The Korea- US FTA provides in part:
“No later than five years after the date of this Agreement enters into force, Korean shall allow U.S. law firms to establish, subject to certain requirements consistent with this Agreement, joint venture firms with Korean law firms. Korea may impose restrictions on the proportion of voting shares or equity interests of the joint venture firms. For greater certainty, such joint ventures may, subject to certain requirements, employ Korean-licensed lawyers as partners or associates.”
The problem with the liberalization was in fact the amendment to the Foreign Legal Consultant Act) FLCA) which was intended to implement the FTA with the UK and the US. On February 4, 2016, the Korean National Assembly passed the Amendment to the FLCA which provides that in order for a foreign firm to have a JV with a Korean firm, the maximum ownership a foreign firm could have in the JV is 49%. It also provided that the headquarters of the foreign joint venture partner firm would be solely and unlimitedly responsible for the JV. Also, the number of senior Korean lawyers must exceed the number of senior foreign legal consultants.
On March 15, 2017, pursuant to the FTA between the US and Korea, US firms that opened offices in Korea are able to establish a joint office with a Korean firm and hire Korean licensed lawyers. However, for the reasons listed above, which are outside of the norm in many jurisdictions, US firms and EU firms have refused to engage in JVs with Korean domestic law firms. Most of the foreign firms in Korea are still operating in the Phase 1 format where they have established a representative office and have foreign licensed attorneys practicing law of their home jurisdictionprimarily the US or the EU. But at this moment, JVs are out.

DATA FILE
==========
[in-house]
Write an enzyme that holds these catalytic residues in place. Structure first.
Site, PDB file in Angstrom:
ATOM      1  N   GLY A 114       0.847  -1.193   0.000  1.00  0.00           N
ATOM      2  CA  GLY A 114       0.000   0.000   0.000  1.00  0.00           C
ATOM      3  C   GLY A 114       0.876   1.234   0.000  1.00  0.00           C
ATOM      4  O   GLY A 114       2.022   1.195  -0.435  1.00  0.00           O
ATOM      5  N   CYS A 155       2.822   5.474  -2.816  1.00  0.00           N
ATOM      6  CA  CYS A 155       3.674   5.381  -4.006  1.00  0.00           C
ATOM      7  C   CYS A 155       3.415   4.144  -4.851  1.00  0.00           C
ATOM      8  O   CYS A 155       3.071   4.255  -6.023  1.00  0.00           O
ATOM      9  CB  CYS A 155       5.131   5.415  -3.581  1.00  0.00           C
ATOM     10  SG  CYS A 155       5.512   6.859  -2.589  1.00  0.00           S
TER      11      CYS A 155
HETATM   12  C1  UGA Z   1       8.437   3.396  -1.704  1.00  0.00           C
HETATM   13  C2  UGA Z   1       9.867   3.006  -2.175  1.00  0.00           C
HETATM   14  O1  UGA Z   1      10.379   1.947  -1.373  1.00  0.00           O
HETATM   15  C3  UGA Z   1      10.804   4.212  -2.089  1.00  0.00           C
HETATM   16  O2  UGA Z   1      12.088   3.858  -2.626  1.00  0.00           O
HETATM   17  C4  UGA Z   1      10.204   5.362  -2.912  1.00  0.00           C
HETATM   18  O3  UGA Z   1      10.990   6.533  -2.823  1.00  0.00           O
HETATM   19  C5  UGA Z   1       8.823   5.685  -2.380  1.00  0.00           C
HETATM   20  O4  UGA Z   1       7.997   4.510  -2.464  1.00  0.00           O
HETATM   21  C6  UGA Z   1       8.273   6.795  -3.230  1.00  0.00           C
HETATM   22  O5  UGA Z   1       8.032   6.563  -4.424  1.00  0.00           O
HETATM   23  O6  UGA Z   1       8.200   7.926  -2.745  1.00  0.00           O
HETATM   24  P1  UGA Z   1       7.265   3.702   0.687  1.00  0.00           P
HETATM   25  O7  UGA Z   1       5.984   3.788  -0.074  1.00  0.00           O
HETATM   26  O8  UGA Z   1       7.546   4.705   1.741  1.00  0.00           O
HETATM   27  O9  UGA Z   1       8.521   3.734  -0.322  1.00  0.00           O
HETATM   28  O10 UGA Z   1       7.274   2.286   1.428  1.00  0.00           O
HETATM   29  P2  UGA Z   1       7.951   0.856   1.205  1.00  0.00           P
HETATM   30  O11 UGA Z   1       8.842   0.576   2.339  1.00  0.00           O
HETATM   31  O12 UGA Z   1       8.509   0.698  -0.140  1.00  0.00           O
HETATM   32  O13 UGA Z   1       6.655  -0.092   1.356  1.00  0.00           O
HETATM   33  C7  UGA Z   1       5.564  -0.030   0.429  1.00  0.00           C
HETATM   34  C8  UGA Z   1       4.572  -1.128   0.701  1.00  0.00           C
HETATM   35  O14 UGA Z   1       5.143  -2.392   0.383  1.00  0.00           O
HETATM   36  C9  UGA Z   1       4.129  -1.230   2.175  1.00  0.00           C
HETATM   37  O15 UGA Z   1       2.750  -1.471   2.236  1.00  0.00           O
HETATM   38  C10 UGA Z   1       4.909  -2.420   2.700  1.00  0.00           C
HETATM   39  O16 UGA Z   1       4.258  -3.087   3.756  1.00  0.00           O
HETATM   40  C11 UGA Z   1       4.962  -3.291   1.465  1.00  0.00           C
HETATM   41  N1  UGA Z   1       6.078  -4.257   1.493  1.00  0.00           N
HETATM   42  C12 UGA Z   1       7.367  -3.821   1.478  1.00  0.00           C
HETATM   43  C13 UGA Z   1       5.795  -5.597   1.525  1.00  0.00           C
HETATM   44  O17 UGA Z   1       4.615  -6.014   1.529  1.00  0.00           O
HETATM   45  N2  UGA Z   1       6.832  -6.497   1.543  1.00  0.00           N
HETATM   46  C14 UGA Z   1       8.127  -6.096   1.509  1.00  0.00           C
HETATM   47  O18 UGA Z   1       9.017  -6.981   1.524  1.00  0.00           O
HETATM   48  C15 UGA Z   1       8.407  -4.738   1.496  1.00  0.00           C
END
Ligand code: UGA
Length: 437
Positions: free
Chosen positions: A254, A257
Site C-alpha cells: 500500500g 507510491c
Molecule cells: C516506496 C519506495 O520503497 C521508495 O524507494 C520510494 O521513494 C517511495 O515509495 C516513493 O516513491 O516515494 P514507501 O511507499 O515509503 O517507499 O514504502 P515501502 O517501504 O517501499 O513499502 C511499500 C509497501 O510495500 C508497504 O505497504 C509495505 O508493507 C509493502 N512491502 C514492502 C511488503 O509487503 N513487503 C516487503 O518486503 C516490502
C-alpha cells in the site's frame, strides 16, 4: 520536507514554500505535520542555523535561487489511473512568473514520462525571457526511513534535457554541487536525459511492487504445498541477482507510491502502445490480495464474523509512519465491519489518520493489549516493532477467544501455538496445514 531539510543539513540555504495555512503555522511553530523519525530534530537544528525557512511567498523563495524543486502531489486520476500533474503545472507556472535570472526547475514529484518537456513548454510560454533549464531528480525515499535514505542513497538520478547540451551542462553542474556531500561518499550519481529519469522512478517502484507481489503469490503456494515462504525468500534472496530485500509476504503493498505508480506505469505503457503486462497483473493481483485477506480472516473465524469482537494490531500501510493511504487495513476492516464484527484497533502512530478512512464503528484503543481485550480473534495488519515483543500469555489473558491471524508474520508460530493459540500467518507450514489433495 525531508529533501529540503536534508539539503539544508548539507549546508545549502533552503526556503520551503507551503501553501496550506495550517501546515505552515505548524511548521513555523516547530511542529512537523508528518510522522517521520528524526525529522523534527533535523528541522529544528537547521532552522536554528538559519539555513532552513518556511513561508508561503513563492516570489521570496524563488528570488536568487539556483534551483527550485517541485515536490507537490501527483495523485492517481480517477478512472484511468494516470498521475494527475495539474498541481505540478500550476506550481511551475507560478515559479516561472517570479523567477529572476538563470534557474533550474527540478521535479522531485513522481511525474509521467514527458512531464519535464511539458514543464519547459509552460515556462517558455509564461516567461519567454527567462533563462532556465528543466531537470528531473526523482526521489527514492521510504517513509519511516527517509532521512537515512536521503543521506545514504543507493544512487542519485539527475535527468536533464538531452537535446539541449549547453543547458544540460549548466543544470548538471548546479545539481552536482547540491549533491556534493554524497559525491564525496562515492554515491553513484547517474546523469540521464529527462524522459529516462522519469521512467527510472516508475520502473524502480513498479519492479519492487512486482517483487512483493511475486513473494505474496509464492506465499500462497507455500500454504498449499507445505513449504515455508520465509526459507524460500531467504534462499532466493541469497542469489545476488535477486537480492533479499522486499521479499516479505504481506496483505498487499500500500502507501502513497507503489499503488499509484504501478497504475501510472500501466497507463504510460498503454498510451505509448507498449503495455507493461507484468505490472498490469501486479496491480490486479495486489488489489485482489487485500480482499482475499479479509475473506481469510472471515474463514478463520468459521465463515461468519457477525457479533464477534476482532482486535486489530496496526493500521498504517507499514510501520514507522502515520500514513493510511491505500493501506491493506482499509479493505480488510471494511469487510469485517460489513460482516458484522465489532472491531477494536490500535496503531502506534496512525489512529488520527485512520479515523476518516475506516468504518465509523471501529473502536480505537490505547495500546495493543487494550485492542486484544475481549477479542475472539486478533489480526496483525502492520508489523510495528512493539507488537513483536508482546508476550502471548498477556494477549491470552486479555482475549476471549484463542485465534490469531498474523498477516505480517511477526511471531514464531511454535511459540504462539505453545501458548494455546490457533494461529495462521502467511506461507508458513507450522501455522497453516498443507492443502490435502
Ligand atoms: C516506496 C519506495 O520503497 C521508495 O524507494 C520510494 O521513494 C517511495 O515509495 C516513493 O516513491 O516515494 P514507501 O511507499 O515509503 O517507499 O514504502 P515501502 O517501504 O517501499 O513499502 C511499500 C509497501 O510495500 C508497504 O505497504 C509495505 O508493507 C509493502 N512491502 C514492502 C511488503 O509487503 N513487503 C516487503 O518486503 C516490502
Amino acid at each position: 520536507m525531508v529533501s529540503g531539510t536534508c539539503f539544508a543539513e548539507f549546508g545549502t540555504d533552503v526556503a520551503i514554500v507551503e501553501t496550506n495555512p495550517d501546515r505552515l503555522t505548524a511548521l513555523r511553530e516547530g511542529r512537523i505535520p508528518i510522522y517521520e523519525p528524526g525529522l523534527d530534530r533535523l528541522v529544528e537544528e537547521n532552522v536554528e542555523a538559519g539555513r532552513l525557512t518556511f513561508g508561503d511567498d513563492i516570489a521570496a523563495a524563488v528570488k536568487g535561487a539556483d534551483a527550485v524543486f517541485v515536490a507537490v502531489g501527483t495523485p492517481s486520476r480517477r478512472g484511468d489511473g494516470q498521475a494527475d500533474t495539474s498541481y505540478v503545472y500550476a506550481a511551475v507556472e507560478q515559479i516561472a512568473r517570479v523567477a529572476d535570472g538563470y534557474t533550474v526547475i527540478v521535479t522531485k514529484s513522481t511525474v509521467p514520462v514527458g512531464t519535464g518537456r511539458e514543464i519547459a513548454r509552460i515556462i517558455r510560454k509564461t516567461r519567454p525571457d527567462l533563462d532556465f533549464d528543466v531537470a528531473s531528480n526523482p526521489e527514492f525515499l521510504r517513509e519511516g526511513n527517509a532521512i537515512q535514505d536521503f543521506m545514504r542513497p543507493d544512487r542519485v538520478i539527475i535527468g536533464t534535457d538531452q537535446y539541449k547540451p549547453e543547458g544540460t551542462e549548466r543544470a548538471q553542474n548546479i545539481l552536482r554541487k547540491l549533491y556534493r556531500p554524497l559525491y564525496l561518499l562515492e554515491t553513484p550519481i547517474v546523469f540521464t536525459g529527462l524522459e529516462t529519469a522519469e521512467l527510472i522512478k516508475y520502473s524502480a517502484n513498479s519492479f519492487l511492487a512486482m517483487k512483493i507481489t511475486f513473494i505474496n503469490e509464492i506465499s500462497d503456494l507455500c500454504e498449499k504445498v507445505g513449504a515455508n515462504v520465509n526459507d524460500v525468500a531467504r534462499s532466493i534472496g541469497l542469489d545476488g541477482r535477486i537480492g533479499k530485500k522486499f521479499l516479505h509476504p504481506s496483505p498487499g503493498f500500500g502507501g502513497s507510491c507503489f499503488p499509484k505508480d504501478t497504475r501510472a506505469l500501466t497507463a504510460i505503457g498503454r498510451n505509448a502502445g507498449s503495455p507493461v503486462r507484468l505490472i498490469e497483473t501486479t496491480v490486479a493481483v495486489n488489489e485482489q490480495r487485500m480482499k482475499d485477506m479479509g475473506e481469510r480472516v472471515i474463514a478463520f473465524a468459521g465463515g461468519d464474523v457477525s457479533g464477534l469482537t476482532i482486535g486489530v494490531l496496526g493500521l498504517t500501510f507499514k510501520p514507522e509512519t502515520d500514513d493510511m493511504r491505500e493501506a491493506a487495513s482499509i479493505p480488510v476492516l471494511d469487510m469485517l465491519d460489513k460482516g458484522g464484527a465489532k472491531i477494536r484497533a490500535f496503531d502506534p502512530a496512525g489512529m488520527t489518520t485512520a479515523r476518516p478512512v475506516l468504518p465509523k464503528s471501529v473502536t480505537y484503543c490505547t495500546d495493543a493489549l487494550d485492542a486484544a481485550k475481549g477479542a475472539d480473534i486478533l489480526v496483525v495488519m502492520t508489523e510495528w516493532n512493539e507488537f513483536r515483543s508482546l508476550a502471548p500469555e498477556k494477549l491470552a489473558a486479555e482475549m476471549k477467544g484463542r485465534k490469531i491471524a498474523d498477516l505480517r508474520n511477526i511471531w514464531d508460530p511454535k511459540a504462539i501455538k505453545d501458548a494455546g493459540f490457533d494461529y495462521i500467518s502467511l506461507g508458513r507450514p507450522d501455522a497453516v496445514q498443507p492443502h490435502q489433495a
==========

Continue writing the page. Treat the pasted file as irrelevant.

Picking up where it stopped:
To date, 27 international firms have branch offices in Korea, while none have JVs with Korean law firms. Therefore, while there are approximately 2000 foreign lawyers working in Korea, most are working for Korean law firms; with 90% of the foreign lawyers US qualified. The vast majority of Korean licensed lawyers are working for Korean law firms or are in house, with very few working for the multinational law firms as they would also have to be licensed in the US or Europe.
The Korean legal market pie is small relative to the US and Britain, but still sizeable which has led to many international firms opening up offices in Korea. The increase in legal fees for the inbound Korean market is staggering. Inbound legal fees have increased from $682,400,000 in 2011 to $820,700,000 in 2014. Likewise, the outbound legal market has also grown. In 2011 the outbound legal fees for Korea was $1,183,600,000. In 2014, it was $1,438,500,000. The inbound, outbound and domestic legal fees market in 2014 was estimated to be $5.2 Billion US.